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June 2010
(First published in July 1981, then June 1999)

Those who find their life will lose it, and those who lose their life for my sake will find it. (Mt 10:39).

On reading these words of Jesus, two kinds of life stand out: earthly life, which is built in this world, and supernatural life, which is given by God through Jesus and is a life that does not end with death and which no one can take from us.

Faced with our own existence, there are two attitudes we can have. One is to be attached to earthly life, considering it our only 'good'. This leads us to think only of ourselves, our own issues, the things of this world. We close ourselves in our shell, affirming only our ego, finding at the end of it all, inevitably, only death. Or, on other hand, believing that we have received a much deeper and truer existence from God, we can have the courage to live up to this gift, even to the point of knowing how to sacrifice our earthly life for the other life.

Those who find their life will lose it, and those who lose their life for my sake will find it.

When Jesus said these words he was thinking of martyrdom. Like every Christian, we have to be ready to follow the Master and stay faithful to the Gospel, to lose our lives, dying, if needs be, even a violent death. With that, by God's grace, we will be given true life. Jesus was the first who 'lost his life', and he regained it glorified. He warned us not to be afraid of those who 'kill the body but cannot kill the soul' (Mt 10:28). Today he says:

Those who find their life will lose it, and those who lose their life for my sake will find it.

If you read the Gospel carefully, you will see that Jesus goes back to this thought as many as six times. This shows how important it is and how much Jesus values it.

But Jesus does not only see urging us to be ready to lose our life as an invitation to accept martyrdom. It is a key law of the Christian life.

We must be ready to give up making our own self the ideal of our life and to give up our own self-centred independence. If we want to be true Christians we must make Christ the centre of our existence. And what does Christ want from us? Love for others. If we make our own this plan he has for us, we will certainly lose ourselves and find life.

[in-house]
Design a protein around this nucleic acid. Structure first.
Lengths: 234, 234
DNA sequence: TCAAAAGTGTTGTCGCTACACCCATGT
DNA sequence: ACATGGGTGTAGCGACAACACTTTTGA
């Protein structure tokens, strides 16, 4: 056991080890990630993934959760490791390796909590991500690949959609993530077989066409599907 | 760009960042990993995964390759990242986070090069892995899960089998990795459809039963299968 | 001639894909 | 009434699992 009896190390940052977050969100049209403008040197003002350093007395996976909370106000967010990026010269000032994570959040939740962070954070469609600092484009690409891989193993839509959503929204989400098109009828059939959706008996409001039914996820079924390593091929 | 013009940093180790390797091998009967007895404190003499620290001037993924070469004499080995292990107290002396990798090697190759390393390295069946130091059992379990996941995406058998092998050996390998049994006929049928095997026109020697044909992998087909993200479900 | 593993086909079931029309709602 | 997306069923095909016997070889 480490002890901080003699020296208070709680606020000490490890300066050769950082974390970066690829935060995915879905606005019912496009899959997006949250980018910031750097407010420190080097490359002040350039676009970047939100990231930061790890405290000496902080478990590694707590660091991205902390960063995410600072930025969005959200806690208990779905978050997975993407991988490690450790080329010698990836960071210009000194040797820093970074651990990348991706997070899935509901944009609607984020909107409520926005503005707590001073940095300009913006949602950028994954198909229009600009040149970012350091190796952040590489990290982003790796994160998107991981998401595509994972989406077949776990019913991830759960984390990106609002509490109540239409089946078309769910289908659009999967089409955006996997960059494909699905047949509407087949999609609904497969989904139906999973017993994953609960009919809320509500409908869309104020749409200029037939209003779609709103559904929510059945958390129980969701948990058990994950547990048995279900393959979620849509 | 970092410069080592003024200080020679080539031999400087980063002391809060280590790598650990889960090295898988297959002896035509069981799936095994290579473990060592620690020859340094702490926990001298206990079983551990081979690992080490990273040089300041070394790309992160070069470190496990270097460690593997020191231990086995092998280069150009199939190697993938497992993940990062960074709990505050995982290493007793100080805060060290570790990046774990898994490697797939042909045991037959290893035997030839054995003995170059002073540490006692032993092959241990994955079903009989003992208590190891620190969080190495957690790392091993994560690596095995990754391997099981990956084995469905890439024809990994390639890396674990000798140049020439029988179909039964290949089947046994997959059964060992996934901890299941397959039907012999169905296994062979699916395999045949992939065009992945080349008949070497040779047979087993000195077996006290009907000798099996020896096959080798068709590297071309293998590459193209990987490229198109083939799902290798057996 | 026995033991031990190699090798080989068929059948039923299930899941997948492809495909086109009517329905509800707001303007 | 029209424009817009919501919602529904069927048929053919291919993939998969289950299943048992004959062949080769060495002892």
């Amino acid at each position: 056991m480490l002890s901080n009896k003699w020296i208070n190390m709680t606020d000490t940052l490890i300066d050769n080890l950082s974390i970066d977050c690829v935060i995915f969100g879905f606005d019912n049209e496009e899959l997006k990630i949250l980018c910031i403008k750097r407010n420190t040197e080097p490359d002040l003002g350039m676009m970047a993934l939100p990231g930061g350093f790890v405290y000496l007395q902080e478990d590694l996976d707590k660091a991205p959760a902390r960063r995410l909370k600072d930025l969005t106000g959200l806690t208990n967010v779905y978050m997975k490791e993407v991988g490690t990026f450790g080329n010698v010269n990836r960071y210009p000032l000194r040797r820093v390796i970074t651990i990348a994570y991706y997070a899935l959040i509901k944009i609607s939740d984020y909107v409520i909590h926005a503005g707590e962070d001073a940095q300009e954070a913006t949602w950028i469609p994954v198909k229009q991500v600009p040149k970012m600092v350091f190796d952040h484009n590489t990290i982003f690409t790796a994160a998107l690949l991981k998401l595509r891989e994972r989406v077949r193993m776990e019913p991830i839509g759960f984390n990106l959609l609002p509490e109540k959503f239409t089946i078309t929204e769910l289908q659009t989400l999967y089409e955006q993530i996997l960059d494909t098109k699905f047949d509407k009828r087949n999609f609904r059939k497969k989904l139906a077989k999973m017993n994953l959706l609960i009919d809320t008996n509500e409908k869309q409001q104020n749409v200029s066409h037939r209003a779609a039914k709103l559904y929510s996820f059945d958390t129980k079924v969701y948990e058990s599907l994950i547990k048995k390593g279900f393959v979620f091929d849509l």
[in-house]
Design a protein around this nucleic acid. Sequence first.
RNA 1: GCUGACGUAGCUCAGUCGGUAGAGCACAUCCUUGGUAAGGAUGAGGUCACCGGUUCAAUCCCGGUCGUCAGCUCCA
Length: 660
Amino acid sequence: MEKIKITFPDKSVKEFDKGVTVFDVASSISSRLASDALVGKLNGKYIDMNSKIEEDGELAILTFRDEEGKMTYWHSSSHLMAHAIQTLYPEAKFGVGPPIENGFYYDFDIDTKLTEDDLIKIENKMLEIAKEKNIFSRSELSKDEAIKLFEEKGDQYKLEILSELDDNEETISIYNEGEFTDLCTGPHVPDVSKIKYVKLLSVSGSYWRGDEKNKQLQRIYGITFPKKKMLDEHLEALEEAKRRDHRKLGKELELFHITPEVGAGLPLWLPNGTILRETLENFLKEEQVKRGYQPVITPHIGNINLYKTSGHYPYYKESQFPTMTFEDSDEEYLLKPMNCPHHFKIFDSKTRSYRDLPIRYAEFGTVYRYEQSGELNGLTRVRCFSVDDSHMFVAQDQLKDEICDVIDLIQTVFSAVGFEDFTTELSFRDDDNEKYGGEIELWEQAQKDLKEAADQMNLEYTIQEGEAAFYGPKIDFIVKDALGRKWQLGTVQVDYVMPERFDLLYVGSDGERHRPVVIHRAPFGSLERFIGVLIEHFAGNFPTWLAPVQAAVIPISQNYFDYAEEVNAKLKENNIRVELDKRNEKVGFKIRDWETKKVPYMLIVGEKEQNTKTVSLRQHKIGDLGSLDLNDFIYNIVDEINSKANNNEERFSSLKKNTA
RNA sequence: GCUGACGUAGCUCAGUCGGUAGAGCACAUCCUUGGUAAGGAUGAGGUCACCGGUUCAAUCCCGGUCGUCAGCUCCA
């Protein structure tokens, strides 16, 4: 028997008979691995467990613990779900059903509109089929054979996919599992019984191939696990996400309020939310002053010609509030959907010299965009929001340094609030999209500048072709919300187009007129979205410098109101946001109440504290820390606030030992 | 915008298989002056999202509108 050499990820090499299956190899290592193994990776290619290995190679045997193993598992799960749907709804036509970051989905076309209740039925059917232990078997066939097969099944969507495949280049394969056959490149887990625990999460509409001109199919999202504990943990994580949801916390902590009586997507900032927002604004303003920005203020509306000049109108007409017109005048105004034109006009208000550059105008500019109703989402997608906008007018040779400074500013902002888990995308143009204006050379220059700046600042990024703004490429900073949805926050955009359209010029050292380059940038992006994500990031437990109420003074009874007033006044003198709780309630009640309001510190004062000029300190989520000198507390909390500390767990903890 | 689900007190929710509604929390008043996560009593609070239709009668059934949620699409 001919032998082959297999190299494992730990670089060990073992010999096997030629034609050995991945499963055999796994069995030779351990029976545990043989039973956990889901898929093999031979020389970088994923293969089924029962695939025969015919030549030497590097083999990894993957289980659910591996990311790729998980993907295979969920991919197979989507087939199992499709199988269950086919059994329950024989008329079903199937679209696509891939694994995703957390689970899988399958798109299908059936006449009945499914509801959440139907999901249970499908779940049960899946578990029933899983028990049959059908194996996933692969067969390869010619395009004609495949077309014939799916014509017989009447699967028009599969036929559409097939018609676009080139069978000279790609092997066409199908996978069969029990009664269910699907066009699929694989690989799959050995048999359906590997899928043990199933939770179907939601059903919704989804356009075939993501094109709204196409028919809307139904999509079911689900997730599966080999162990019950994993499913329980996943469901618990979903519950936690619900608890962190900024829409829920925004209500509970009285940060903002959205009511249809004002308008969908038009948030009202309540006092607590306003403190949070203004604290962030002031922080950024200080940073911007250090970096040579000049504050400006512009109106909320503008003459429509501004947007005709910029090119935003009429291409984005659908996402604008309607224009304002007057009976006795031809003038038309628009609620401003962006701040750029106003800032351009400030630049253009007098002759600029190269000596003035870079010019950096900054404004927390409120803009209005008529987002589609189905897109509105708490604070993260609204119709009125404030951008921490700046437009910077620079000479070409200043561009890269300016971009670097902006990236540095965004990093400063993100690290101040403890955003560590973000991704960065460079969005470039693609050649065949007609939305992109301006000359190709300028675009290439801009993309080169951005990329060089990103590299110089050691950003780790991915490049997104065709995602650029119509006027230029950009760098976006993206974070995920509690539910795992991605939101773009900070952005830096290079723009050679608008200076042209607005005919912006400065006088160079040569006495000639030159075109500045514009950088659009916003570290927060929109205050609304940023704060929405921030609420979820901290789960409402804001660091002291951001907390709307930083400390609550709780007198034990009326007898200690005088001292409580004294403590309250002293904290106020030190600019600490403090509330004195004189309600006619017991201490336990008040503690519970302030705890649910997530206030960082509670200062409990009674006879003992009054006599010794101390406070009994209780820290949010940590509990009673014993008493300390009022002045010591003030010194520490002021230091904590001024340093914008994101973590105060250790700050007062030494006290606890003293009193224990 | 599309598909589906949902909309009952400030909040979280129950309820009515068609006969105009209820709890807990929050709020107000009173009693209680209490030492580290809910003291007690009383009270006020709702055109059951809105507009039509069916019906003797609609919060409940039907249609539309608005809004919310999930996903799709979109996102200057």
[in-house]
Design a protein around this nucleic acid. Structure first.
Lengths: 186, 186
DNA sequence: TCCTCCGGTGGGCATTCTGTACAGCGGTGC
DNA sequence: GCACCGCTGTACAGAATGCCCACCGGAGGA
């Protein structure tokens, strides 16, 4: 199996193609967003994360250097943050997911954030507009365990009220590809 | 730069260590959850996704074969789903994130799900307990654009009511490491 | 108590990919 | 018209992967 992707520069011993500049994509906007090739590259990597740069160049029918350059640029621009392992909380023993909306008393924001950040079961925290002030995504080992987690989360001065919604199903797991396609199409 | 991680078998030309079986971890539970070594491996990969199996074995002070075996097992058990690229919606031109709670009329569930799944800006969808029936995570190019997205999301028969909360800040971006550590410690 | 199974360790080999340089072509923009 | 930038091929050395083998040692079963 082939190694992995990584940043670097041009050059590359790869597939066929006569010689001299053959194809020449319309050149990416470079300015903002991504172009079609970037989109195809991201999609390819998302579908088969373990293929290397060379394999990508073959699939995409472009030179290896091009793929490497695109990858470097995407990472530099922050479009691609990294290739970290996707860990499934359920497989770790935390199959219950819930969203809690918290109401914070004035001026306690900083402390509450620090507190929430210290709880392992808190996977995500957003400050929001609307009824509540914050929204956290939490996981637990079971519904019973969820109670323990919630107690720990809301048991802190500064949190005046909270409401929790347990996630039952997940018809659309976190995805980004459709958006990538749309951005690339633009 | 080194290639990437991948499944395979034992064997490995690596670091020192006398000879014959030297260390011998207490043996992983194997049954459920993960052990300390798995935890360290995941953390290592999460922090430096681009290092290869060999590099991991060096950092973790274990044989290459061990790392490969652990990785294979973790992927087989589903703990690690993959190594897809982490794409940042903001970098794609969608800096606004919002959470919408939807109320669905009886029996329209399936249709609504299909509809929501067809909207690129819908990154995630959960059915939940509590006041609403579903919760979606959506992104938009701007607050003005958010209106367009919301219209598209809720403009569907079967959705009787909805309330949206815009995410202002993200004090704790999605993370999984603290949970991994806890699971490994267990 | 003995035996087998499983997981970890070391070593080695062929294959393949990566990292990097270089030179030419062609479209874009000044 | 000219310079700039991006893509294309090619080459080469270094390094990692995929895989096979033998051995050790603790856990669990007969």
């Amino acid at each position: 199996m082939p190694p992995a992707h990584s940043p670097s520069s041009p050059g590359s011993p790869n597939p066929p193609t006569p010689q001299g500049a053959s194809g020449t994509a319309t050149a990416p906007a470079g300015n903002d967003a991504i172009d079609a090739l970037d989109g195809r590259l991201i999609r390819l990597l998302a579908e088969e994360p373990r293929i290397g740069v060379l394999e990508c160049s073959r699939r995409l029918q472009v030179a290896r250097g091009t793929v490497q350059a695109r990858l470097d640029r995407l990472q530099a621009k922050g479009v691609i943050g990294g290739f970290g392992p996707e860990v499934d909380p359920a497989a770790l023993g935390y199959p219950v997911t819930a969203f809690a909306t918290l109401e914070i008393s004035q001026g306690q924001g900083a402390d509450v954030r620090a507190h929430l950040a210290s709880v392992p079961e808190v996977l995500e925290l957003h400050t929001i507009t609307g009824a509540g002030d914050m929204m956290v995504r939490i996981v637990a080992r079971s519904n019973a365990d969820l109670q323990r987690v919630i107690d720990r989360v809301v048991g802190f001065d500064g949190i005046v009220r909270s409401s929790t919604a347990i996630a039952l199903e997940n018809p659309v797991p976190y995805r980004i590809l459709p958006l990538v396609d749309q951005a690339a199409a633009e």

This attitude of not living for oneself is certainly is not a matter, as some might think, of giving in to things and being passive. Christians always have a strong commitment and their sense of responsibility is total.

Even during our time on this earth we can experience that in giving ourselves, in love lived out, life grows in us. When we spend our day at the service of others, when we transform our work, which may be dull and hard, into an expression of love, we will have the joy of being more fulfilled.

By following Jesus' commandments, which are all centred on love, after this brief life, we will find eternal life as well.

Let's remember what Jesus' judgement will be on the Last Day. He will say to those on his right: 'Come, you that are blessed ... for I was hungry and you gave me food ... I was a stranger and you welcomed me, was naked and you gave me clothing ...' (Mt 25: 34-36).

To make us sharers of the existence that does not pass away, he will only look to see whether we have loved our neighbours, and he will consider as done to himself whatever we have done to them.

How can we live this Word? How can we, from this very day, lose our life to find it? Christ presents himself to us in our children, our wife or our husband, the other people at work, in our political party, in our moments of leisure, and so on. Let's do good to all. And let's not forget those we come to know about every day through the newspaper or through friends or through the media... Let's do something for everyone, according to what we can. And when it seems to us we have done everything possible, we can still pray for them. Love is what counts.

Chiara Lubich

 

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